The strongest thing that Georgia Peaches has going for it is the cast. Their chemistry, their performances and their general enthusiasm are what makes this movie as good as it is. Being that Tanya Tucker was a famed country music singer at this point, one doesn’t expect a great deal from her performance, but surprisingly she is excellent in her role. It also doesn’t hurt that she is knock down beautiful here as Lorrette Peach. As someone who is used to seeing her as an older woman, it’s almost a revelation to find her to be so young and stunning. A talented actress, she is placed alongside many veteran character actors and rising stars from the time. Terri Nunn, who I am not familiar with, also provides a terrific performance in the lead as Sue Lynn Peach who is at first presented as more of a tomboy next to Lorette’s sexy city-girl glamor, but before long both women find themselves in some revealing attire and are shaking their money makers. Dirk Benedict makes the last of the trio, and he is as cocky and charismatic as he has ever been. Sporting an impressive Southern accent, he tends to take his character over the top, but in a movie such as this – it’s all about fun. An interesting role for Benedict, as it came after Battlestar Galactica and before The A-Team, but one that shouldn’t be forgotten as it’s the most active and outlandish that I have ever seen him.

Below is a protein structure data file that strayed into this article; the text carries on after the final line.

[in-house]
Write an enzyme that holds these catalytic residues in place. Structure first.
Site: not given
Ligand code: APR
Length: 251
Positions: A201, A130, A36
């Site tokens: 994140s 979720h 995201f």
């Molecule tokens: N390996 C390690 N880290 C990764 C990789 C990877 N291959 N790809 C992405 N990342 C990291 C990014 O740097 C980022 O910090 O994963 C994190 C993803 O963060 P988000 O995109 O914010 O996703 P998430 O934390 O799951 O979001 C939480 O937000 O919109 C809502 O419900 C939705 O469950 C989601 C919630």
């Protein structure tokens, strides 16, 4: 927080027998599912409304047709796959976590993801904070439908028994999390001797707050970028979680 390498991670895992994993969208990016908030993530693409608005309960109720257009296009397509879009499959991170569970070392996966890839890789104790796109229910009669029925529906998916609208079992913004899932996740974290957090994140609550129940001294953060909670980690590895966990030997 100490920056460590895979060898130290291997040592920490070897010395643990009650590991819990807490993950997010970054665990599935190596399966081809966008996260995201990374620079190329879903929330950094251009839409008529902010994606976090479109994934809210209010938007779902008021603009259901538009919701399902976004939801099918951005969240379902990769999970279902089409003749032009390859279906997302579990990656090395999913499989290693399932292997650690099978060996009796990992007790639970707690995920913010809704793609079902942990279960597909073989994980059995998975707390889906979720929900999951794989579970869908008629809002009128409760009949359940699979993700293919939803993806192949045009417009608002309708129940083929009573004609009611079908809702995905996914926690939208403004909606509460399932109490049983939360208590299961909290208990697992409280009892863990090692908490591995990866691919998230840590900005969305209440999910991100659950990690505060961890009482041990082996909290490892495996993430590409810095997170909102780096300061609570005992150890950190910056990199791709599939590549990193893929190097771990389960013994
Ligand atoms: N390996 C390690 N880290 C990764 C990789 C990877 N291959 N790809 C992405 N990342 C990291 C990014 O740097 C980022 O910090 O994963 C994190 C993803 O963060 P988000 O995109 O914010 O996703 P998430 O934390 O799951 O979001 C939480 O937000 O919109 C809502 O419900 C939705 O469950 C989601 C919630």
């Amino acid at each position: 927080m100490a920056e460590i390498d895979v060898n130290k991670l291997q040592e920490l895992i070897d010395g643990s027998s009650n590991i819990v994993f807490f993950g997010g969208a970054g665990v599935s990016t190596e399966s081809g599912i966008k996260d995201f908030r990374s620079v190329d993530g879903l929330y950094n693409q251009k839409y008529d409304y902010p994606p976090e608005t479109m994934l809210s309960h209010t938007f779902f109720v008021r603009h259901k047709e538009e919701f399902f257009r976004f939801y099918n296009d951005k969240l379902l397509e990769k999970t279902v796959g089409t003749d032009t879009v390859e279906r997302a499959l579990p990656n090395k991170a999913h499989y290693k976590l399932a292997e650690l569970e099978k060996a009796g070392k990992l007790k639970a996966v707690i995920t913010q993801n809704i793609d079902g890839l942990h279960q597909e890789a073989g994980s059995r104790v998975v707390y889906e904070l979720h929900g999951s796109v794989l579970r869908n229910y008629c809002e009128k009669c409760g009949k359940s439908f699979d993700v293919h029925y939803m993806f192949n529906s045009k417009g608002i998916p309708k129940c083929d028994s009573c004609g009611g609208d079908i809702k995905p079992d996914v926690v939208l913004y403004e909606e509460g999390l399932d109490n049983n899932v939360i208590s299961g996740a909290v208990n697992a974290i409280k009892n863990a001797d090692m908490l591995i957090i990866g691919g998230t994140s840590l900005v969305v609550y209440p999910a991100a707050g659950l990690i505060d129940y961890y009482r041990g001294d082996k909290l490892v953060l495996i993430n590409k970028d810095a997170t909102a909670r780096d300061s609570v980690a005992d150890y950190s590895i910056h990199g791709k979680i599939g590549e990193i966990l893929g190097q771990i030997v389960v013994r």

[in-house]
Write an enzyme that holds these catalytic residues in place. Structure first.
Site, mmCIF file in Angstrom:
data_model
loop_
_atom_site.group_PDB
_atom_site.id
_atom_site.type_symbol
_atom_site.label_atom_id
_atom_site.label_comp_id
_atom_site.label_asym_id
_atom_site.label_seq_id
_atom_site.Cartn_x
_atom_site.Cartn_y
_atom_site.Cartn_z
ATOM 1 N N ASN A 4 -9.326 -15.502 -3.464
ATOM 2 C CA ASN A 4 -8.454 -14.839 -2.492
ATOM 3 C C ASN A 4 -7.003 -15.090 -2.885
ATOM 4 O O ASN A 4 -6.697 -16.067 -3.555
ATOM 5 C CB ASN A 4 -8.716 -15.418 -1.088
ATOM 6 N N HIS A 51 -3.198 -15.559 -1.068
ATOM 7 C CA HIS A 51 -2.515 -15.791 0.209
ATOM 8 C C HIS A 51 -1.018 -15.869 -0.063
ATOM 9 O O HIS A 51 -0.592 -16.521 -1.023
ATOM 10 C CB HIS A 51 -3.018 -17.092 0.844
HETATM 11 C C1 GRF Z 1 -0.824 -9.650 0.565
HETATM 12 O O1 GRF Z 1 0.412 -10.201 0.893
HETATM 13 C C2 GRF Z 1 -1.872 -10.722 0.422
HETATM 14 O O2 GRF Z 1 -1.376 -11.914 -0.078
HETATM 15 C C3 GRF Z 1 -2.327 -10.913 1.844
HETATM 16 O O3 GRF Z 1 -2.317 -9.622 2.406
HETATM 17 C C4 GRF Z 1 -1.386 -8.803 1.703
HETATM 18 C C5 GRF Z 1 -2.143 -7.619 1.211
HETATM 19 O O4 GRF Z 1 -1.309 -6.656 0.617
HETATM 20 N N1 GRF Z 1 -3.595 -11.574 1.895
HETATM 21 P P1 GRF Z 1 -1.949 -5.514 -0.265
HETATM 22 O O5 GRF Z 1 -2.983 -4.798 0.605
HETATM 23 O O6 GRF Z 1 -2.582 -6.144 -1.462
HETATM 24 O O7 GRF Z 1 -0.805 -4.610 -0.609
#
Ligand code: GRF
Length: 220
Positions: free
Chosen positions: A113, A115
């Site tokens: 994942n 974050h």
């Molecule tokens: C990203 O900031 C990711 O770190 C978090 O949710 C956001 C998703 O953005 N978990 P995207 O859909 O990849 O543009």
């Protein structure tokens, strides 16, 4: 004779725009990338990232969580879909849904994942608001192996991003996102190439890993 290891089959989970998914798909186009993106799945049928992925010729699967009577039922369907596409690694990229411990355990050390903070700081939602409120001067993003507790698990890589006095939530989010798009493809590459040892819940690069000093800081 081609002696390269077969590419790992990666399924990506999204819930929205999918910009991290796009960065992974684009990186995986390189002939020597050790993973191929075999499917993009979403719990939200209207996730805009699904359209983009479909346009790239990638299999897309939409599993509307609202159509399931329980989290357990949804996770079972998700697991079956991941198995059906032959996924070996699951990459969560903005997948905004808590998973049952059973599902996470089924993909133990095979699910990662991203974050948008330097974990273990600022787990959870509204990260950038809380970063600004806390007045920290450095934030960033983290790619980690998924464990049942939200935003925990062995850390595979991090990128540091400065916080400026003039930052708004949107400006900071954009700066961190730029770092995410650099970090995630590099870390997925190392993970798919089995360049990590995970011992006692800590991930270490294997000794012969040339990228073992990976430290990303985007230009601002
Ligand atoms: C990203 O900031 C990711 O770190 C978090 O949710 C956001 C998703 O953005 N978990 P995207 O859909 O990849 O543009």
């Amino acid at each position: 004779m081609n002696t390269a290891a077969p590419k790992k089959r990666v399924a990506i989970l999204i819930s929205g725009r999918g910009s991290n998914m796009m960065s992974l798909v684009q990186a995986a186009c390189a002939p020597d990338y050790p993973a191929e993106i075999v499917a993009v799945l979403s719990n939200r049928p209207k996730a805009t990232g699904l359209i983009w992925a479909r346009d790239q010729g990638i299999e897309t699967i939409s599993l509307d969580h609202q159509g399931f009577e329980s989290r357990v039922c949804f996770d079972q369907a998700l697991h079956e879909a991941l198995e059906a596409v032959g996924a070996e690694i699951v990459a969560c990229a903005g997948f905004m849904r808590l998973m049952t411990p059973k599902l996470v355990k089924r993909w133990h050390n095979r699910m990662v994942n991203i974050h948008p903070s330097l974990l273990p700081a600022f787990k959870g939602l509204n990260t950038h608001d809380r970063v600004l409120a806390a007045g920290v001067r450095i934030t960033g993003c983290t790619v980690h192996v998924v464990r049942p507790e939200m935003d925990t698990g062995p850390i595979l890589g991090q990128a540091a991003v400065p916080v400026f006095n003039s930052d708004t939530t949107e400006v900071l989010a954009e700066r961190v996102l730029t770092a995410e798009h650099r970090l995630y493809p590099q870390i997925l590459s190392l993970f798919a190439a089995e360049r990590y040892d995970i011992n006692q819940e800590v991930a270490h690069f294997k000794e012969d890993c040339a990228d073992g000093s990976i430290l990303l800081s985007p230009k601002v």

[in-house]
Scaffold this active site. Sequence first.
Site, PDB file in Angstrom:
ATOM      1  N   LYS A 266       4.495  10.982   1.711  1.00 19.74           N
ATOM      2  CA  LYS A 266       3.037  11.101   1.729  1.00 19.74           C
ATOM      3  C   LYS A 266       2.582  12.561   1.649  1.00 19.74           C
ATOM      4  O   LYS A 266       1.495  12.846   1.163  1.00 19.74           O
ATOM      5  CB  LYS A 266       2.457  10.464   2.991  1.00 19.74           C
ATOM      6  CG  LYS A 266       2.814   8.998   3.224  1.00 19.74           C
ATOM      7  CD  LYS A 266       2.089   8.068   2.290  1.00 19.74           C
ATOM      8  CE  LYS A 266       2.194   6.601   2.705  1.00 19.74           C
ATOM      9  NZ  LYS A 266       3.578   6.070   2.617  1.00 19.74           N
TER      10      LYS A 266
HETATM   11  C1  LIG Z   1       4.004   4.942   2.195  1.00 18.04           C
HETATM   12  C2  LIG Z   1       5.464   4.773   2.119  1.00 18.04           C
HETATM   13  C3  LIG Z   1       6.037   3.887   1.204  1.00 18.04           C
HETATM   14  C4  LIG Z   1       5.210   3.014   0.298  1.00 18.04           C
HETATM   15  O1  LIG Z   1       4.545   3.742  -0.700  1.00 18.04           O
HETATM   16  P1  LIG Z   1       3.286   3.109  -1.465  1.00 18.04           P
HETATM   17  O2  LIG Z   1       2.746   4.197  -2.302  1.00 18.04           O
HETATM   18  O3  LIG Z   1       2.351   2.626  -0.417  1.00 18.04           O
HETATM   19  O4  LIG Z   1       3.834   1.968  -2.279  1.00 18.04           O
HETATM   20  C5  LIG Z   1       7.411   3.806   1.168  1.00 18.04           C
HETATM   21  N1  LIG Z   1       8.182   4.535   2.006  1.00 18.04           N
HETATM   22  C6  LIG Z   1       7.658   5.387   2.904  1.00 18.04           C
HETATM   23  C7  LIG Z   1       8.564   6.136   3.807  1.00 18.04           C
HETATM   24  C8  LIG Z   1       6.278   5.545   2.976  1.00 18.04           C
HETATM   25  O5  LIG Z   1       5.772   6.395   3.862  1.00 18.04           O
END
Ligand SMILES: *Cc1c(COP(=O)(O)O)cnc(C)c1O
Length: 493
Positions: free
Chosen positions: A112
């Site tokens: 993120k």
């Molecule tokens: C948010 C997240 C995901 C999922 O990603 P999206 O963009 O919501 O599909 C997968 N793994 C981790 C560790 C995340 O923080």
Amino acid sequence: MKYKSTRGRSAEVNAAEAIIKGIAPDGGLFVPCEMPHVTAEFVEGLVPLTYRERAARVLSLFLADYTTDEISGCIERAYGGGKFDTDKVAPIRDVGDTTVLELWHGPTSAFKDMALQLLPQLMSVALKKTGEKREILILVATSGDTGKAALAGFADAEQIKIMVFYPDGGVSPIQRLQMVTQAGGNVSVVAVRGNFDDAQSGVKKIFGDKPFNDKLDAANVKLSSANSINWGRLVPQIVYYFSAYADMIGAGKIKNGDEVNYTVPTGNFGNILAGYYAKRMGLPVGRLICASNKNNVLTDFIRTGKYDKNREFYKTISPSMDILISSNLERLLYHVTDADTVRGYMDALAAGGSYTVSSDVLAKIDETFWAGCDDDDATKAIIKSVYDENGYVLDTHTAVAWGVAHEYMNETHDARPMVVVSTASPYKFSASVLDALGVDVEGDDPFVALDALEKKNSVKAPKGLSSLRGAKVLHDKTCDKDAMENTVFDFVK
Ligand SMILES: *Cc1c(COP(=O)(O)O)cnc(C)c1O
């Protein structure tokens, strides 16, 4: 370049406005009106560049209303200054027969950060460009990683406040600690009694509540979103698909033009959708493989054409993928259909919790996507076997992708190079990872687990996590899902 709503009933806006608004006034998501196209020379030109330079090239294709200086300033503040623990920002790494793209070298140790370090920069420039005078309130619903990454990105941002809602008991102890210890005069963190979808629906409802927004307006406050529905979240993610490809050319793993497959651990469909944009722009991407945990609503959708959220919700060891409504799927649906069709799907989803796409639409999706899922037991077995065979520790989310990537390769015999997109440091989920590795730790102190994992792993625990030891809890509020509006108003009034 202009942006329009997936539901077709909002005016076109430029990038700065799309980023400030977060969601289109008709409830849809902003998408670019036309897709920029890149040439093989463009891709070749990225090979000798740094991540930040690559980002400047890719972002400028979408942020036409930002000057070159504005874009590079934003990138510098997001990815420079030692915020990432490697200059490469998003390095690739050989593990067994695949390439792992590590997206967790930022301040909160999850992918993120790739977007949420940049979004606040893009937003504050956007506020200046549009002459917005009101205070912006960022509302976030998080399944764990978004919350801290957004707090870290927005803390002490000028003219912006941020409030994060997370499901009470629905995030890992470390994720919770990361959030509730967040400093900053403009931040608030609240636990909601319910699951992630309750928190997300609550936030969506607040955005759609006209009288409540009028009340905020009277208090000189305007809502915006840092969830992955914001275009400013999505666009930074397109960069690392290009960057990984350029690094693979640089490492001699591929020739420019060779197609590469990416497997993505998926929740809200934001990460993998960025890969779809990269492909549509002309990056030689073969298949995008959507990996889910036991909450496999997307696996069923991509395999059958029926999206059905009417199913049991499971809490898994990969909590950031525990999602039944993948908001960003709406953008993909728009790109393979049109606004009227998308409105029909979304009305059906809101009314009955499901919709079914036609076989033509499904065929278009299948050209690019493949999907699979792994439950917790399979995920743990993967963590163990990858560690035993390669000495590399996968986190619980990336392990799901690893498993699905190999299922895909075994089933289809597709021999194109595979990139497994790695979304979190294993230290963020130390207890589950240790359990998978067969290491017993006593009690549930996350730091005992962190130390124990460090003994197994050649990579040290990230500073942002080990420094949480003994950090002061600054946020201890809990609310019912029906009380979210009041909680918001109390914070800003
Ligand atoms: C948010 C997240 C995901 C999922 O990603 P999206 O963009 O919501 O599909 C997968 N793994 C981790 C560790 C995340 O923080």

The Conclusion
A film of many parts but not a brilliantly put together whole, I will say that I did like Georgia Peaches quite a bit despite some of my reservations. Overall, I end up giving it a three out of five. It is a solid action yarn with a stellar cast who put in some fun performances. Besides, where else are you going to see a young Tanya Tucker wear leather neon-blue tights? Not necessarily a “must see”, but certainly an incentive to pick up the Shout! Factory triple bill box set.